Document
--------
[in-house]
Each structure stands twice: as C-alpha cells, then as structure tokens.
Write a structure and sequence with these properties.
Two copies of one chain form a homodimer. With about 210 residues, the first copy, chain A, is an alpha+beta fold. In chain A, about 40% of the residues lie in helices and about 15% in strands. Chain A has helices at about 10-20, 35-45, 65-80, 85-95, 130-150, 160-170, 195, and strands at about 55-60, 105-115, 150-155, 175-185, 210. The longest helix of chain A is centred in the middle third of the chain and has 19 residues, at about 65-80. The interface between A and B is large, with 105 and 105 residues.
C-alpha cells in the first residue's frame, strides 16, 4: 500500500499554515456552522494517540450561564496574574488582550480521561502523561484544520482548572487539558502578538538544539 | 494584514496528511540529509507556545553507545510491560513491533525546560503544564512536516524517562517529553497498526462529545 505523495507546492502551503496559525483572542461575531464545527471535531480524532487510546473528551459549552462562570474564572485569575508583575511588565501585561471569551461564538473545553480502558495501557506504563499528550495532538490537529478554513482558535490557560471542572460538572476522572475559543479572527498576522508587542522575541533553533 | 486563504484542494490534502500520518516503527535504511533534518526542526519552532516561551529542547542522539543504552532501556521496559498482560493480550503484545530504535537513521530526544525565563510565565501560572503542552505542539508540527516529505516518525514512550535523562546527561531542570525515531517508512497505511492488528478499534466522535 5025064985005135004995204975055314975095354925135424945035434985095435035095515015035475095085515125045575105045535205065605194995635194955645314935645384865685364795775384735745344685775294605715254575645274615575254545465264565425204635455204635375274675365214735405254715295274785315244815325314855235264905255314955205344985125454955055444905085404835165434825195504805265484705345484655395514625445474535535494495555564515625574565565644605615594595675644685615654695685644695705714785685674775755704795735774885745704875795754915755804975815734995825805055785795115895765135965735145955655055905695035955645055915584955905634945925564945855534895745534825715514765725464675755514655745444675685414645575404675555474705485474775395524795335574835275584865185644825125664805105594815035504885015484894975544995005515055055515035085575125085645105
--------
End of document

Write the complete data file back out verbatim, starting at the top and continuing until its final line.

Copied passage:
[in-house]
Each structure stands twice: as C-alpha cells, then as structure tokens.
Write a structure and sequence with these properties.
Two copies of one chain form a homodimer. With about 210 residues, the first copy, chain A, is an alpha+beta fold. In chain A, about 40% of the residues lie in helices and about 15% in strands. Chain A has helices at about 10-20, 35-45, 65-80, 85-95, 130-150, 160-170, 195, and strands at about 55-60, 105-115, 150-155, 175-185, 210. The longest helix of chain A is centred in the middle third of the chain and has 19 residues, at about 65-80. The interface between A and B is large, with 105 and 105 residues.
C-alpha cells in the first residue's frame, strides 16, 4: 500500500499554515456552522494517540450561564496574574488582550480521561502523561484544520482548572487539558502578538538544539 | 494584514496528511540529509507556545553507545510491560513491533525546560503544564512536516524517562517529553497498526462529545 505523495507546492502551503496559525483572542461575531464545527471535531480524532487510546473528551459549552462562570474564572485569575508583575511588565501585561471569551461564538473545553480502558495501557506504563499528550495532538490537529478554513482558535490557560471542572460538572476522572475559543479572527498576522508587542522575541533553533 | 486563504484542494490534502500520518516503527535504511533534518526542526519552532516561551529542547542522539543504552532501556521496559498482560493480550503484545530504535537513521530526544525565563510565565501560572503542552505542539508540527516529505516518525514512550535523562546527561531542570525515531517508512497505511492488528478499534466522535 5025064985005135004995204975055314975095354925135424945035434985095435035095515015035475095085515125045575105045535205065605194995635194955645314935645384865685364795775384735745344685775294605715254575645274615575254545465264565425204635455204635375274675365214735405254715295274785315244815325314855235264905255314955205344985125454955055444905085404835165434825195504805265484705345484655395514625445474535535494495555564515625574565565644605615594595675644685615654695685644695705714785685674775755704795735774885745704875795754915755804975815734995825805055785795115895765135965735145955655055905695035955645055915584955905634945925564945855534895745534825715514765725464675755514655745444675685414645575404675555474705485474775395524795335574835275584865185644825125664805105594815035504885015484894975544995005515055055515035085575125085645105